WASHINGTON Several death threats have been made against a former U.S. Internal Revenue Service officer who played a key role in last year's 'Tea Party' scandal at the IRS, the officer's lawyer said on Wednesday after a brief but dramatic congressional hearing.
Lois Lerner, who refused to testify at the hearing that dissolved in shouting and confusion, has been threatened at least six times since May 2013, when the IRS scandal became known, said her attorney, William Taylor.
At a news conference after the hearing, Taylor accused congressional Republicans of perpetuating a 10-month-old investigation of last year's controversy for political gain.
"The objective seems clear - to keep this controversy white-hot throughout the next election cycle," Taylor, a lawyer with the firm of Zuckerman Spaeder, told reporters.
Representative Darrell Issa, the Republican chairman of the committee investigating Lerner and the tax agency, denied Taylor's accusation. No part of his continuing inquiry is political, Issa said, "Not a shred of it. Not a smidgeon of it."
Issa called Lerner to Capitol Hill for a public hearing to ask her questions. But she refused to answer and he gaveled the morning session to an abrupt close after only 15 minutes, cutting off remarks by the panel's top Democrat, Elijah Cummings.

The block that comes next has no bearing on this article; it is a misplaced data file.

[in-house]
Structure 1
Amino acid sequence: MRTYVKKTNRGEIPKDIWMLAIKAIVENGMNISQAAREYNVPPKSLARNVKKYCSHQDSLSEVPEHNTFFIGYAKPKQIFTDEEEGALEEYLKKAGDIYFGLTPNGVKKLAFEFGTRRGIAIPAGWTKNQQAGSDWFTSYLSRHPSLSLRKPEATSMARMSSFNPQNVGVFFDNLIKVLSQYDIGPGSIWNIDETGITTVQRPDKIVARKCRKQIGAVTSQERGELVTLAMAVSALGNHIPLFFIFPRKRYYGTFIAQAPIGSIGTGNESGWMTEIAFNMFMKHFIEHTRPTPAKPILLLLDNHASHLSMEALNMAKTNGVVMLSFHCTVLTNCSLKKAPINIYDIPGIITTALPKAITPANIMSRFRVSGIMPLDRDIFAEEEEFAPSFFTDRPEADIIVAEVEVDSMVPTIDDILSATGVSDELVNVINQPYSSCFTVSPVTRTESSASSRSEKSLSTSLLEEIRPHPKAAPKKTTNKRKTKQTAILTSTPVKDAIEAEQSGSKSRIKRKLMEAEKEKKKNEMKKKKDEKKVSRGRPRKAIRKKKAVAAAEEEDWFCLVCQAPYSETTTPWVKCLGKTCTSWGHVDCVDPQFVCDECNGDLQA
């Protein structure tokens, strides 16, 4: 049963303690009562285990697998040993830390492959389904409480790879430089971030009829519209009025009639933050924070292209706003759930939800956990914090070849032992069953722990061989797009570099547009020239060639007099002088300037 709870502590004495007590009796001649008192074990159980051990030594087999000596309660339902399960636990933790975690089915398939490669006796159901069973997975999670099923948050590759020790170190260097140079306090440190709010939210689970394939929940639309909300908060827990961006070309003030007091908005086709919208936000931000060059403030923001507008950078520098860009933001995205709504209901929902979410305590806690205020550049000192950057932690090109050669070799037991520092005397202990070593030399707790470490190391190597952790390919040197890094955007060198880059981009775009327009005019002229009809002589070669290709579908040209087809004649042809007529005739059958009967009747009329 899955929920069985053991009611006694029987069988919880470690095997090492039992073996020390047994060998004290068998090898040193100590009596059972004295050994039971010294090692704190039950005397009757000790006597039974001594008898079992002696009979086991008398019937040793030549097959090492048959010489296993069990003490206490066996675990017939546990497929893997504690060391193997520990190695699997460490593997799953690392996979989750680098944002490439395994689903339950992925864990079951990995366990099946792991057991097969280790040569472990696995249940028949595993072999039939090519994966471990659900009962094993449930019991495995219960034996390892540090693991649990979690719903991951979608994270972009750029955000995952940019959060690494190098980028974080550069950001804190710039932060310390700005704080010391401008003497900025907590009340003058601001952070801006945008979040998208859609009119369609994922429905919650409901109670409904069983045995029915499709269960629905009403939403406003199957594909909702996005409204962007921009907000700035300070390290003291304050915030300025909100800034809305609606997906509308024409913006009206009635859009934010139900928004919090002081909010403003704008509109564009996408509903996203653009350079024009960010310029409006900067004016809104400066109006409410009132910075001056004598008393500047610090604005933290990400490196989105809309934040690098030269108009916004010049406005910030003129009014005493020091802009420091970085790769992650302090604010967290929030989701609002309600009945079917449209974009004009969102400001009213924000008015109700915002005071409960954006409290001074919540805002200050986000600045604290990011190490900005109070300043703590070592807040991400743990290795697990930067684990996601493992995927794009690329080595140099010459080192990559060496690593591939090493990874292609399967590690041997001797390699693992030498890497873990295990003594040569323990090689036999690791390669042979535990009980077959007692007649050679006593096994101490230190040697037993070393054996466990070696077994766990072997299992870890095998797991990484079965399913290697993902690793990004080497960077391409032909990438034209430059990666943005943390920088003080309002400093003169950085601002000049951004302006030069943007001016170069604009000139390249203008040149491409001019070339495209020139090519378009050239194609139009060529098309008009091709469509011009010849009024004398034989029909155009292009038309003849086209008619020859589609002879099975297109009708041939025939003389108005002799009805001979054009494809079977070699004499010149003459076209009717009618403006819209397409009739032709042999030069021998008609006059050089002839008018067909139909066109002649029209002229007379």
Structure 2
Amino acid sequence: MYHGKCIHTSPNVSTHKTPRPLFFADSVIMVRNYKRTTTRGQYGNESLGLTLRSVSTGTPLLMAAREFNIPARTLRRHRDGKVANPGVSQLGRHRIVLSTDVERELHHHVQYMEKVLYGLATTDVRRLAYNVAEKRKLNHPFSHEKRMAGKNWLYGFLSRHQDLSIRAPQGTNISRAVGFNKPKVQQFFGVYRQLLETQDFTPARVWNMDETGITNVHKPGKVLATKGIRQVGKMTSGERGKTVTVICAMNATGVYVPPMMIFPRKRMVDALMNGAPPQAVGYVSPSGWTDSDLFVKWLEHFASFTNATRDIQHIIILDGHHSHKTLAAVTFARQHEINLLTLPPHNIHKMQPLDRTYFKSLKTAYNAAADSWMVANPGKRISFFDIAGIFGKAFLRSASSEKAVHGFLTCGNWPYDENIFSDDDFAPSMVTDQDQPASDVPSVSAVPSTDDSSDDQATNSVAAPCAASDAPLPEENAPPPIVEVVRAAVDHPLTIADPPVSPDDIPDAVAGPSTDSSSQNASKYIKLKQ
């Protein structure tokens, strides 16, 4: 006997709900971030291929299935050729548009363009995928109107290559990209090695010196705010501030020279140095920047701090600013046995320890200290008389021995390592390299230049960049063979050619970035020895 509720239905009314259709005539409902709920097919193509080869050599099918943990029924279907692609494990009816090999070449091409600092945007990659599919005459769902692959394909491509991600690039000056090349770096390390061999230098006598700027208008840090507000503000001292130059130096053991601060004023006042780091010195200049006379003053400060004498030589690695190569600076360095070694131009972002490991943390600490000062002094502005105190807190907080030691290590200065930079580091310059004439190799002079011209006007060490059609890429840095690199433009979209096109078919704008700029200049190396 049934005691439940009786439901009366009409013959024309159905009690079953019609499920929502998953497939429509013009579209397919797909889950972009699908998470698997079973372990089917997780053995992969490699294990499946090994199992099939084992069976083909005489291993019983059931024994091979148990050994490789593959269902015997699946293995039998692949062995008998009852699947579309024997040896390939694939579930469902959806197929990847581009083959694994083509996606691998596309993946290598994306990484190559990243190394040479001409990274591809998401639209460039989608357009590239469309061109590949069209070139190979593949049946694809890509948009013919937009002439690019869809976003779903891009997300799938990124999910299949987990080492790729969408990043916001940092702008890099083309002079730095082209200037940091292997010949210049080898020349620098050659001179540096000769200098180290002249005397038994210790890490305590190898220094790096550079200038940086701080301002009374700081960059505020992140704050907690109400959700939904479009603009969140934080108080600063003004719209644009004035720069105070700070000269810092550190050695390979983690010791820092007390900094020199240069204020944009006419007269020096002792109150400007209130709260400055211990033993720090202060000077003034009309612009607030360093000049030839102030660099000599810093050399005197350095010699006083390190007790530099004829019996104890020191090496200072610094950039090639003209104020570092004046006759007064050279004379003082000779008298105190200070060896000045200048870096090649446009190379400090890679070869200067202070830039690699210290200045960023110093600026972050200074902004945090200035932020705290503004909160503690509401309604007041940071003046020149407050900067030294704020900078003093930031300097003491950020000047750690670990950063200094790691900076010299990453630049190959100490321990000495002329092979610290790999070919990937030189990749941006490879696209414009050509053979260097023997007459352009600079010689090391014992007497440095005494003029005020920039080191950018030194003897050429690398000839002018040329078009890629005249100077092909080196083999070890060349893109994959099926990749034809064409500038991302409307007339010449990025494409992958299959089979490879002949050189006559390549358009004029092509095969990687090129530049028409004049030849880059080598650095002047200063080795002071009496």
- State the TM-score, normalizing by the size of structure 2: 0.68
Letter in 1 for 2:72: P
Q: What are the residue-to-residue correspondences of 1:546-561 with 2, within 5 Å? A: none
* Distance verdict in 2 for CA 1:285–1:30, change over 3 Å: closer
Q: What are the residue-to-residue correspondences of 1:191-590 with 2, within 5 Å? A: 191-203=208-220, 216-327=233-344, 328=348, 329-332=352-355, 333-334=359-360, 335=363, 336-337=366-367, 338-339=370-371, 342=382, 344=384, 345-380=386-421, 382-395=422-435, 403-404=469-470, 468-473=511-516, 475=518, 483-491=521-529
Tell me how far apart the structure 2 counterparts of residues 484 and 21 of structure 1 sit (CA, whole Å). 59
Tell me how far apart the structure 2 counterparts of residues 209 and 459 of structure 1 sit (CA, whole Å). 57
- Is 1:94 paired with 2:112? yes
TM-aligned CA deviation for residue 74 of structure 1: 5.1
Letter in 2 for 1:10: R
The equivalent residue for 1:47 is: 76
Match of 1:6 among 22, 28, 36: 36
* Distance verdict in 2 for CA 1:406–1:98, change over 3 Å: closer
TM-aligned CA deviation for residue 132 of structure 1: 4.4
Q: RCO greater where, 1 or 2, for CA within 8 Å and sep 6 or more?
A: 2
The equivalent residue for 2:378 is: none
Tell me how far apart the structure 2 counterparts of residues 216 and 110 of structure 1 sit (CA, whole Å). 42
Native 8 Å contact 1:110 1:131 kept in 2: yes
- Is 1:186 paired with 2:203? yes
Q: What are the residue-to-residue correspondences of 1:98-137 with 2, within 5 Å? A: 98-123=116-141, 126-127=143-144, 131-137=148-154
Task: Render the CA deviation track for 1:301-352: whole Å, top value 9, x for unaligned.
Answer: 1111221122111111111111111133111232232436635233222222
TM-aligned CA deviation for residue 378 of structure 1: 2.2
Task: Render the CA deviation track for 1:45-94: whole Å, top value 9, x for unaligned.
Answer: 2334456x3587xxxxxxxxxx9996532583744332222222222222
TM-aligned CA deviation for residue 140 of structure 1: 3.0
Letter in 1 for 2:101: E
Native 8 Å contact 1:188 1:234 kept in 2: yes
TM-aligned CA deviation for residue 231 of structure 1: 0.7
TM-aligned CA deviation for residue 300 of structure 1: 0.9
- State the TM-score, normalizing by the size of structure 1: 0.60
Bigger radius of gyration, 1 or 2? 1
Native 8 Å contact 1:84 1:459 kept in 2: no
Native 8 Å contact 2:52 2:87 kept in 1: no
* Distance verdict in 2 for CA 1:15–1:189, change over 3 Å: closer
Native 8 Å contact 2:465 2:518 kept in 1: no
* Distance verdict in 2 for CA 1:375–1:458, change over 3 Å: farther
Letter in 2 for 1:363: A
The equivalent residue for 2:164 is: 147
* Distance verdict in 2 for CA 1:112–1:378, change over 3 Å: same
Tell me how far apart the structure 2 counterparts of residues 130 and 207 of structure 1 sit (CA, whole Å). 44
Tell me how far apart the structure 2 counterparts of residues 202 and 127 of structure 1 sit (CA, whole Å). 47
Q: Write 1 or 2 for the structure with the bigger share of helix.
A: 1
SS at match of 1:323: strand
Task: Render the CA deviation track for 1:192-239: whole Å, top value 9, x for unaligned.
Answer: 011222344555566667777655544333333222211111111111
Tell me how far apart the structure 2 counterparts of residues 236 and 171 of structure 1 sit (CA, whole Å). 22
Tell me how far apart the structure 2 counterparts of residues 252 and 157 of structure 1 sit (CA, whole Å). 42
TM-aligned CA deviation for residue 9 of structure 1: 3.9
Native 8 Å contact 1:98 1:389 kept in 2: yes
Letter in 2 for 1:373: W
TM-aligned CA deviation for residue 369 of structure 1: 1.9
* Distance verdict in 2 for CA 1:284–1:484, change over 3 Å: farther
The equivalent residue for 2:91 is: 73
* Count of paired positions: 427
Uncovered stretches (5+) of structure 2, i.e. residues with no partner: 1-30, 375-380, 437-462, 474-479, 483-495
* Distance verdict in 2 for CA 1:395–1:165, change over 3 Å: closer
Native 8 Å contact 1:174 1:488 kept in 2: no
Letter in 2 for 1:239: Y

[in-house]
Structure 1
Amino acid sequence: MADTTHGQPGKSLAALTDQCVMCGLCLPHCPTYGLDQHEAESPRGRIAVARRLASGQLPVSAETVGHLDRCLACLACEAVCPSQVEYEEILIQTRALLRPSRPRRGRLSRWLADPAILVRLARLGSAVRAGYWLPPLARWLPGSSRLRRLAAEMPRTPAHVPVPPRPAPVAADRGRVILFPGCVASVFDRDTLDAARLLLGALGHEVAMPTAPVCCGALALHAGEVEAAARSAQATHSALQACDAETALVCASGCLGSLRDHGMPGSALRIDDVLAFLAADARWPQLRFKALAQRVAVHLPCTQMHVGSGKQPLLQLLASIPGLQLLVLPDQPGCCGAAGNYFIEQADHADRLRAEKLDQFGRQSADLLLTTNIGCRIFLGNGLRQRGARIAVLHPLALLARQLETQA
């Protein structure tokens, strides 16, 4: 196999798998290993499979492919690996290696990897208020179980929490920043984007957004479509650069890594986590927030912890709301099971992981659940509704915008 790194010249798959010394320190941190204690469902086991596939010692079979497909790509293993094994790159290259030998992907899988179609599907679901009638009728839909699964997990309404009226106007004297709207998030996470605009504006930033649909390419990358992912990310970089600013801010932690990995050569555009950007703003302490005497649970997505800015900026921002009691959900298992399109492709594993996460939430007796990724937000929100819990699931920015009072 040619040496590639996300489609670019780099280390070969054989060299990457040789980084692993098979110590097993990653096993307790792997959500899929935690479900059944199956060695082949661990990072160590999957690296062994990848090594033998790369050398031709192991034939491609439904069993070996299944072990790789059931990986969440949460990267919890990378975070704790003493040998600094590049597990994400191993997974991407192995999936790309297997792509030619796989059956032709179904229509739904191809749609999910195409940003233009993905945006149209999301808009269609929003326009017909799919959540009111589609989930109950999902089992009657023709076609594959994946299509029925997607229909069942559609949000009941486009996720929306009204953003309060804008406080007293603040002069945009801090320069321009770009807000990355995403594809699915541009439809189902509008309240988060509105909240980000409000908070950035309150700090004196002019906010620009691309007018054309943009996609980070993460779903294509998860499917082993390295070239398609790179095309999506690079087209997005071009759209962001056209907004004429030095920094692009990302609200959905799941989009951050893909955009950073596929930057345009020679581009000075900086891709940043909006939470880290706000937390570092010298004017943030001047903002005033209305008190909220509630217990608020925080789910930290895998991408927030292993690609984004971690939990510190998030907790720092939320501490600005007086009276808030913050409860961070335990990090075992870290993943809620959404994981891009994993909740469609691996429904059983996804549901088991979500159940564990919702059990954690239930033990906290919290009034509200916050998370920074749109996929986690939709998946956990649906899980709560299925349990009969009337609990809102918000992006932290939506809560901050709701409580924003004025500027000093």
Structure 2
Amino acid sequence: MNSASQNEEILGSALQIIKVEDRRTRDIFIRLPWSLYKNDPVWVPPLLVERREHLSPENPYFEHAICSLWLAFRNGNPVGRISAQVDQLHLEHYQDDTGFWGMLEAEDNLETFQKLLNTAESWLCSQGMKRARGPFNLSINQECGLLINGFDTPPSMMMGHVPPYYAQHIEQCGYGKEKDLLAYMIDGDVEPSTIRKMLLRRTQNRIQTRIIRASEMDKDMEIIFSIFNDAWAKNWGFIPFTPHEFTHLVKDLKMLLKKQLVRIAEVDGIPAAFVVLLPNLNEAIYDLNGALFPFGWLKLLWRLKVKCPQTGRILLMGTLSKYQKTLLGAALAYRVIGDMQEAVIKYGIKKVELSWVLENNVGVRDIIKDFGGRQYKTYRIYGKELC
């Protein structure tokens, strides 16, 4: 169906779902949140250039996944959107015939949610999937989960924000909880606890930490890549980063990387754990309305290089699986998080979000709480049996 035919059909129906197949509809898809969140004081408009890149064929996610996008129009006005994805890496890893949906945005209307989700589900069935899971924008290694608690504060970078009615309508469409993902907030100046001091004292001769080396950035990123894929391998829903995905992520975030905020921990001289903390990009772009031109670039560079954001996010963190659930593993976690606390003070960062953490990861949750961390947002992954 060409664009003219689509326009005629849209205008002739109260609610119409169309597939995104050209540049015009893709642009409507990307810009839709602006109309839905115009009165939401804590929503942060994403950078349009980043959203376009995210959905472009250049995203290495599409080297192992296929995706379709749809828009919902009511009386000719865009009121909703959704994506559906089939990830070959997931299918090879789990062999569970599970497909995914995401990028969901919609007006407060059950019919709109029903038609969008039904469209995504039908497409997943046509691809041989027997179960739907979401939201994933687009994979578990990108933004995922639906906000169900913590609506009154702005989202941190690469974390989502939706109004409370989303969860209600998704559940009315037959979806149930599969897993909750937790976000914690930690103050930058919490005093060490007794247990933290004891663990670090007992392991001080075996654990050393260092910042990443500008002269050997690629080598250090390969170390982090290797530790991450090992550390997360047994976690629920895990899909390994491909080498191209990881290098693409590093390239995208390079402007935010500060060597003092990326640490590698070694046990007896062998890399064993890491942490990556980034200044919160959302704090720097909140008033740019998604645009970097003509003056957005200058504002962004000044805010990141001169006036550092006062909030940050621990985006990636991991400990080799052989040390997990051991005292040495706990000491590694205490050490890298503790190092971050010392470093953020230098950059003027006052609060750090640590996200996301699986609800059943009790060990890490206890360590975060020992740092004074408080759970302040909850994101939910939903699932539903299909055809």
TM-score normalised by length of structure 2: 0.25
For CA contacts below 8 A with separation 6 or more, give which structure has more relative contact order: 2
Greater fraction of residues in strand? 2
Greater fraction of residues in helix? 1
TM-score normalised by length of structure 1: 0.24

Accusing Republicans of running a one-sided investigation, Cummings shouted after his microphone was turned off: "It is absolutely un-American!" Other committee Democrats shouted "shame" as Issa turned his back and left the hearing room.
Later, at a separate news briefing, Republican Speaker of the House John Boehner told reporters that Lerner could be held in contempt of Congress for refusing to answer questions.
PLEADING THE FIFTH
Lerner retired from the IRS in September. She had refused to answer questions from Issa once before, at a hearing in May 2013 before his House Oversight and Government Reform Committee. Both times she cited her constitutional right not to testify.
The earlier session came just days after Lerner triggered the IRS scandal. In answer to a planted question from the audience at a legal conference, Lerner made a public apology in which she said the IRS had engaged in "inappropriate" targeting of political groups with the words "Tea Party" in their names.
Her unexpected act of contrition at the conference set off a furor on Capitol Hill, with Republican politicians accusing the IRS of unfairly singling out for extra review and delay some applications for tax-exempt status from conservative groups.
The acting head of the IRS lost his job over the matter, while numerous investigations were launched, including Issa's.
The California Republican quickly turned his inquiry into an attempt to link the White House to the IRS activity, but without success. The investigations revealed no clear political bias at the IRS and showed it had also closely reviewed applications from progressive political groups for tax-exempt status.
Lerner was interviewed in the last six months by prosecutors from the U.S. Justice Department, Taylor said, added that it was unclear if that investigation was still ongoing.